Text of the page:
Students in Milwaukee’s public high schools who want a better life and know that school is their only way up are being battered, assaulted and exposed to gunfire or other reckless conduct on a daily basis.
Simply put: It is an absolute moral imperative to get police officers back into Milwaukee public schools immediately.
Smart, young kids striving to escape chaos can’t do it alone, surely can’t compete for spots in the best schools or even stay focused on a book or test when they’re fearful of miscreants carrying guns and shooting at each other.
The essential facts are in Mark Lisheron’s piece that we released today:
The Milwaukee Police Department responded to 1,310 calls for service at 34 MPS-controlled high schools in the 2021-’22 school year, an average of 7.2 calls every school day.
Marshall High School officials made 140 calls for service, far and away the most frequent caller. Washington, Madison and Riverside University high schools, with 91, 90 and 89 calls, respectively, were next. Bradley Tech, Vincent, Hamilton, Pulaski and North Division each made between 80 and 71 calls, according to the MPD data.
High schools reported “trouble with juvenile” more than 250 times, well over once a school day, by far the most frequent call for service in the past school year. There were more than 100 reports of “battery,” most frequently at Vincent, Bradley Tech, Riverside and Pulaski, according to the data.
There were 75 reports of a “reckless vehicle,” 39 of “sexual assault,” 39 of a “subject with gun” and 15 of “shots fired,” the data showed.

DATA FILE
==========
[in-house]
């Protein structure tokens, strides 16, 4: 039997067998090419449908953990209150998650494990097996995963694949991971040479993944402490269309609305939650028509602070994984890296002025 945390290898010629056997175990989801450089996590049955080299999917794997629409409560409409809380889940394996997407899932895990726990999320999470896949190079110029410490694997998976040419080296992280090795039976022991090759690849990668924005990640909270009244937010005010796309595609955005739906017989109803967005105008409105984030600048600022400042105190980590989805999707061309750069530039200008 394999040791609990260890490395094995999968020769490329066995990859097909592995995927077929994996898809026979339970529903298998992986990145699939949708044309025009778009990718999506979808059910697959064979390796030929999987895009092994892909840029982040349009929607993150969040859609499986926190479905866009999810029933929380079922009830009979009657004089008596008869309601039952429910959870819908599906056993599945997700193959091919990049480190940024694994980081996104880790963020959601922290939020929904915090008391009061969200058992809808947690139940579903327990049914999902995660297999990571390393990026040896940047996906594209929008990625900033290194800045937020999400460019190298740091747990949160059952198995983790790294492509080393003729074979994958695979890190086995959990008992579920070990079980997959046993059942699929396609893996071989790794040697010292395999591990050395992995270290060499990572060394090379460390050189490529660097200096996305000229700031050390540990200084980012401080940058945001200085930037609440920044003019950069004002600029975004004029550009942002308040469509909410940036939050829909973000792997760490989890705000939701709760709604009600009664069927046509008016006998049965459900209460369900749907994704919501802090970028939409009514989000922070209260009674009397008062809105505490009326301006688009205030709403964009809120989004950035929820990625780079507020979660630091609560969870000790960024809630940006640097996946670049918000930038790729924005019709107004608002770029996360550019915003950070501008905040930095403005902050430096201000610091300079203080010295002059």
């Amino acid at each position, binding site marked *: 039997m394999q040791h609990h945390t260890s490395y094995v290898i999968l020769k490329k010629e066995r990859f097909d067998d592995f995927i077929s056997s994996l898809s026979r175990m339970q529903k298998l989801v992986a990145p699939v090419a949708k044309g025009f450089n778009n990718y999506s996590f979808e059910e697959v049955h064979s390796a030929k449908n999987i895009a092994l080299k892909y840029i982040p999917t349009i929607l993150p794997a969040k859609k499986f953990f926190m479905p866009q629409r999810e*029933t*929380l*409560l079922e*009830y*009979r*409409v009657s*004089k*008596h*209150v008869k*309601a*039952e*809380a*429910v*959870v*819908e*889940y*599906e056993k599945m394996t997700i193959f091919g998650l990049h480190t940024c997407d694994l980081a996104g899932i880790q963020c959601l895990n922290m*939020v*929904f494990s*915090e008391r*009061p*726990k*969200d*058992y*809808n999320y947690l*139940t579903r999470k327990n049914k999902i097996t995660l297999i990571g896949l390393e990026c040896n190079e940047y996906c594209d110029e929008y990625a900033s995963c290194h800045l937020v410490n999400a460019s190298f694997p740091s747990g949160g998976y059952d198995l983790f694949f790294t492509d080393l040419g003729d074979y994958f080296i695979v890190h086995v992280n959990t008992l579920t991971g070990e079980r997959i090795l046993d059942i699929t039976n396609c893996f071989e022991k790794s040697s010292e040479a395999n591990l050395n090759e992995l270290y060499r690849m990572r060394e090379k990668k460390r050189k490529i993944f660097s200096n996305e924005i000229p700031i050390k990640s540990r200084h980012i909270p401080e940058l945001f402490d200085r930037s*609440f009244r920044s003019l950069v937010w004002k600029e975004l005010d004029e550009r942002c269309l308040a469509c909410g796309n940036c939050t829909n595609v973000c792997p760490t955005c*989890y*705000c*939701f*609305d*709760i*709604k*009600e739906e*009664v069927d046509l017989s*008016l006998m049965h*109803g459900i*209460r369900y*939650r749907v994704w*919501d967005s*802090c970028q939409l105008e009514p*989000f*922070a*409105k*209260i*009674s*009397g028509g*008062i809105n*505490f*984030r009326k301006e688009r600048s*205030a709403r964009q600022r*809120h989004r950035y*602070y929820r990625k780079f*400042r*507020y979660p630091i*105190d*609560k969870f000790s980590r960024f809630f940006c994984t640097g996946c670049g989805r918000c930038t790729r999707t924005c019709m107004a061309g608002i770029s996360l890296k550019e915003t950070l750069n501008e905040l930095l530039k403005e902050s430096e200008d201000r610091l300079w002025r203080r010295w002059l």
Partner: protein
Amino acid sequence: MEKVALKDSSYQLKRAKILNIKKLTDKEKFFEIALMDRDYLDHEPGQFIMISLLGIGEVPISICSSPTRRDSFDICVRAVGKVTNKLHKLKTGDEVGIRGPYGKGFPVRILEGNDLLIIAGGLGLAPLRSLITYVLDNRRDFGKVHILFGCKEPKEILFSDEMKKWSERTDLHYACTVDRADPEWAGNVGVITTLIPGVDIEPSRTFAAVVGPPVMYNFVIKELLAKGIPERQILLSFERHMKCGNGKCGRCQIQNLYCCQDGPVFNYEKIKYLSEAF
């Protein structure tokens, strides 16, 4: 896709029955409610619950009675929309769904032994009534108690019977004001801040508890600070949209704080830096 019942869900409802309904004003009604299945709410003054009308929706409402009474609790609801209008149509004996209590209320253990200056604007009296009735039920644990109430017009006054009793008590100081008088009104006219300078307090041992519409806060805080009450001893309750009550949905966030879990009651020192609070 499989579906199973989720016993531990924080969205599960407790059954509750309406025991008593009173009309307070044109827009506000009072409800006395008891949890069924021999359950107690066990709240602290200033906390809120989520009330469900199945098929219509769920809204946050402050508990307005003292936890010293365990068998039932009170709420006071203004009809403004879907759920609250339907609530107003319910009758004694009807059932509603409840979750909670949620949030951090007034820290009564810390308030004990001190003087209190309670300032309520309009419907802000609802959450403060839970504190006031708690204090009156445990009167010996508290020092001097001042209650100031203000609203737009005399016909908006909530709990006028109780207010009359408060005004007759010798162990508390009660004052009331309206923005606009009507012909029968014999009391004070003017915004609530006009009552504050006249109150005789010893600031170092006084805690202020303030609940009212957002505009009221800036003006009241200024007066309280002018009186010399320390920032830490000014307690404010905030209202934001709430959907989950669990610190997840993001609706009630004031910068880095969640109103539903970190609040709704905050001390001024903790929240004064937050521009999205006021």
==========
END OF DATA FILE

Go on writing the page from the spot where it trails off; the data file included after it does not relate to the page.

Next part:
As Lisheron points out, the Milwaukee Public School board in June 2020 tore up a contract that allowed the Milwaukee Police Department to patrol outside schools. The Milwaukee Journal Sentinel reported on the vote at the time, writing that MPS was “the latest district to sever police contracts in the wake of protests over the death of George Floyd in Minneapolis police custody.”
MPS hasn’t actually had officers working inside schools regularly since 2016 when the school board foolishly pulled them out.
Between 2016 and 2022, it allowed and partially paid for officers to patrol the neighborhoods around some schools, to monitor dismissal periods and some school events, and to respond as quickly as possible when called.
Since we barely have a local newspaper any longer, we don’t always know about all the stuff that’s happening — or, based on Lisheron’s numbers, even a fraction of it. Here’s a link to just one shoot-out outside an MPS school that I wrote about recently.
It would be stunning if Milwaukee’s school board, apparently more concerned about social justice narratives than Milwaukee’s children, did anything about this. No sentient person who has watched the board dither for decades has any real expectation of that.
But that’s not to say someone, somewhere, can’t do something about this. The political leadership in Madison can give more money to schools that are part of the Milwaukee Parental Choice Program and to independent charter schools as well.
This shouldn’t be about race. MPS, including the vast majority of all the good kids who want to learn and achieve, is at least 50% Black and 90% minority. The good kids who are suffering and losing a shot at a better life, in other words, are not primarily white. Not that any of that should matter.
What matters is that they are suffering and no doubt living in fear because elected leaders care much less about them than staying in lockstep with the social justice warriors.
Mike Nichols is the president of the Badger Institute. Permission to reprint is granted as long as the author and Badger Institute are properly cited.